From waste disposal systems capable of tracking when bins are full and need emptying to sewer systems able to monitor and head off the spread of adverse health conditions, tomorrow's towns won't just become more situationally aware and self-sustaining, they'll also increasingly be powered by intelligent learning systems that make fast, automated, and highly data-driven decisions.
- Electric and Self-Driving Vehicles
An electric vehicle (EV) revolution is nearly upon us , as electricity-powered transport prepares to quickly expand from cars to buses, trains, scooters, subway cars, and boats. With fleets of self-driving trucks and robo-taxis already preparing to hit the streets, you can also expect autonomous vehicles of all shapes and sizes to play a prominent role in shaping tomorrow's smart city.
But innovations here won't just include automated chauffeurs, you can also expect to see city streets and vehicles embedded with sensors capable of tracking the position of every object and pedestrian on the road, allowing for better real-time traffic management – and able to issue immediate, life-saving alerts to any auto driving on them.
- Simulations, Digital Twins, and Real-Time Insights/Decisioning
By making finely detailed digital replicas of entire cities and their infrastructure, leaders will also soon be able to better simulate and predict real-world encounters and events − and plan preferred responses around them.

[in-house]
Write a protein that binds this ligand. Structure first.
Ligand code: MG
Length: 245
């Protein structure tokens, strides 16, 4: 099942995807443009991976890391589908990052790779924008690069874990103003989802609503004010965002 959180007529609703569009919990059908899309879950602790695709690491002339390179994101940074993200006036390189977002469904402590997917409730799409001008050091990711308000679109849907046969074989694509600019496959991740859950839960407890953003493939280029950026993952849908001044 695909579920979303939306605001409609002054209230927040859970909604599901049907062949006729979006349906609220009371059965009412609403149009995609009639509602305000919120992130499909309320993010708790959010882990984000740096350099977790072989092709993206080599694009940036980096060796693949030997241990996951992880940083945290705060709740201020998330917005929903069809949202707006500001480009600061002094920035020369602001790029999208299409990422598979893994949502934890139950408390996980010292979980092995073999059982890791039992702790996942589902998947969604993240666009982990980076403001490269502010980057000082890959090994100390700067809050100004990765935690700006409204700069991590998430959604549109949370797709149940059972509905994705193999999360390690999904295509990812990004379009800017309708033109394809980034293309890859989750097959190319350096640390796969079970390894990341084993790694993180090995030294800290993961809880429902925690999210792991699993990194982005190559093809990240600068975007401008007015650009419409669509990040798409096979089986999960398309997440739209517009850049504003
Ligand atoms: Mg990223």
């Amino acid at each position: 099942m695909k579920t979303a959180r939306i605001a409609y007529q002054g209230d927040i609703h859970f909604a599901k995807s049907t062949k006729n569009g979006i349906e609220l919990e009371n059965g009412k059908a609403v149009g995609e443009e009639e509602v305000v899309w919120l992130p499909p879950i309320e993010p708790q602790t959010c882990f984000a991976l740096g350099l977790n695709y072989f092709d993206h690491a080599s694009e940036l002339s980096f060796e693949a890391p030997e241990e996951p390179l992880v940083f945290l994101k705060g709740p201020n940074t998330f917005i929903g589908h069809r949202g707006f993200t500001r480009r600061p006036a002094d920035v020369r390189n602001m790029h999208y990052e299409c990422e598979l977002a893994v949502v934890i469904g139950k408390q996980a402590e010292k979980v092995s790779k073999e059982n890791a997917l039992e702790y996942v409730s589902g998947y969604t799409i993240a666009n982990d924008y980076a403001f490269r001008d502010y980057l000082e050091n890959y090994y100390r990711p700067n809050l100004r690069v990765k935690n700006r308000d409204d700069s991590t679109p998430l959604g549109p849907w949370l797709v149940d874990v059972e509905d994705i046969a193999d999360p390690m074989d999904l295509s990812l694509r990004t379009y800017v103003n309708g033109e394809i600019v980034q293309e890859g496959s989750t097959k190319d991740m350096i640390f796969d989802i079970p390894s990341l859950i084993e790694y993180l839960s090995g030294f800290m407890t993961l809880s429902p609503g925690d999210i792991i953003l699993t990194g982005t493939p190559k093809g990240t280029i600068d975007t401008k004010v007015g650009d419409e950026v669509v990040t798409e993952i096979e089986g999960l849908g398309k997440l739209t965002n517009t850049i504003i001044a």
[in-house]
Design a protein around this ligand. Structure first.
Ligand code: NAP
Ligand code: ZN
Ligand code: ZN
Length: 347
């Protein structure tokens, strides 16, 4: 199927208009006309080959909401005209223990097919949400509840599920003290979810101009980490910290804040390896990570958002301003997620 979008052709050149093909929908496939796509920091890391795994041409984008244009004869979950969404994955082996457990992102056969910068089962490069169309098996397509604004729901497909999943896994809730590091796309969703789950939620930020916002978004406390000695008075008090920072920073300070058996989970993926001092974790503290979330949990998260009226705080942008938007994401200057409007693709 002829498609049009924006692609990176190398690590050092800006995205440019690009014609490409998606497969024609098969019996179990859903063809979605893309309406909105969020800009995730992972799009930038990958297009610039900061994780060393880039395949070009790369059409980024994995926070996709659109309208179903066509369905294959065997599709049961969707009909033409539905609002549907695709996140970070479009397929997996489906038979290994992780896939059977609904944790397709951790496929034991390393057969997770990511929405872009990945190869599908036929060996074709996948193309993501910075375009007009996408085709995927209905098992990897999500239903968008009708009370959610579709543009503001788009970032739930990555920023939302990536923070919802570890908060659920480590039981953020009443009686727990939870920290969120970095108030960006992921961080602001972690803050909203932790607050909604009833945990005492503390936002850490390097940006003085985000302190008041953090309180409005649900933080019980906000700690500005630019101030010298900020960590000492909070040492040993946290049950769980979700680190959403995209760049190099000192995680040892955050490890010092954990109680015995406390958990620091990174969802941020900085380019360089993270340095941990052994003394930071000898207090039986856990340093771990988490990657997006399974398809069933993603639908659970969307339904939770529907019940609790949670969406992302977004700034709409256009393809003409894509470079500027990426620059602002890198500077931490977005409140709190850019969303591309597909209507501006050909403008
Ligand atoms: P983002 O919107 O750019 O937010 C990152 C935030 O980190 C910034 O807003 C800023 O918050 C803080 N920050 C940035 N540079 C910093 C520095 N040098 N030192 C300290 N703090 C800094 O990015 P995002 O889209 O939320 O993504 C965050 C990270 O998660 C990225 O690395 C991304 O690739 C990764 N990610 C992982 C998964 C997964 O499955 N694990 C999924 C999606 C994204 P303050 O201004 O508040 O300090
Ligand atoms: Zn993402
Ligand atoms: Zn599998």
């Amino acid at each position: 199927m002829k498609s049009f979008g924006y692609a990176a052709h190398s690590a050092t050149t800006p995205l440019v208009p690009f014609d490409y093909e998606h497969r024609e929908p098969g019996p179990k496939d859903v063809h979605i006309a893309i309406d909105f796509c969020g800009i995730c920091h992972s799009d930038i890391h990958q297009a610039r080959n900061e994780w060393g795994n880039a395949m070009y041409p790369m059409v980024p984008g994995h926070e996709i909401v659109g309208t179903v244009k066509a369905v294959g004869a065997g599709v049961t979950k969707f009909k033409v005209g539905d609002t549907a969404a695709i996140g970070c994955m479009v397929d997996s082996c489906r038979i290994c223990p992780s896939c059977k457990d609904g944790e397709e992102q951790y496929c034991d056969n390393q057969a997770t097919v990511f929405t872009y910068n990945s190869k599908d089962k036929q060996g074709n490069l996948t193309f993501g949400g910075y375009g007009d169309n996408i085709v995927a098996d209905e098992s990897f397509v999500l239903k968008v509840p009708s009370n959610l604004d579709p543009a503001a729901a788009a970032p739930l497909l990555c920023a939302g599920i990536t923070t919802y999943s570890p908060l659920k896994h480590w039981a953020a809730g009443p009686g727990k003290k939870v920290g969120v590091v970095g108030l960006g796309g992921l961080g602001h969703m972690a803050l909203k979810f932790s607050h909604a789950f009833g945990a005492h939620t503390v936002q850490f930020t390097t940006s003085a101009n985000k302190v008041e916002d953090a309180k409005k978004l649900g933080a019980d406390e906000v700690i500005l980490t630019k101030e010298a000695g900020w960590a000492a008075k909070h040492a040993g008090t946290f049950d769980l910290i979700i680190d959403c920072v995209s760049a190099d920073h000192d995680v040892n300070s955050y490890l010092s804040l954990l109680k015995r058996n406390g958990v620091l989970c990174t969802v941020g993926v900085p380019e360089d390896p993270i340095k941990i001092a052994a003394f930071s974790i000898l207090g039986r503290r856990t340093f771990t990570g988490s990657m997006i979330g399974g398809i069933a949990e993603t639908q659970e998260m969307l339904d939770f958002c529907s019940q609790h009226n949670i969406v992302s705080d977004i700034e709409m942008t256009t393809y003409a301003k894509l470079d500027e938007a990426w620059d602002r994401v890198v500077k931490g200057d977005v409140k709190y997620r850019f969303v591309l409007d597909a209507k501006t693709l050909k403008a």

This means not only being able to prepare for environmental concerns and emergencies, but also design public transport, city infrastructure and public services to be more cost-effective and efficient.
Using data platforms and computer modelling, it'll not only be possible to enhance everything from road design and residential development to crime and disaster prevention programmes.
Crowdsourced feedback, insights, and data from citizens will also be capable of being used to promote mass participation in data sharing and insight, allowing city leaders to quickly spot emerging challenges and opportunities as they arise. This information will also be used to promote greater fairness and equality through communities, helping smart cities provide residents with more equitable access to housing, infrastructure, amenities, jobs, and healthcare.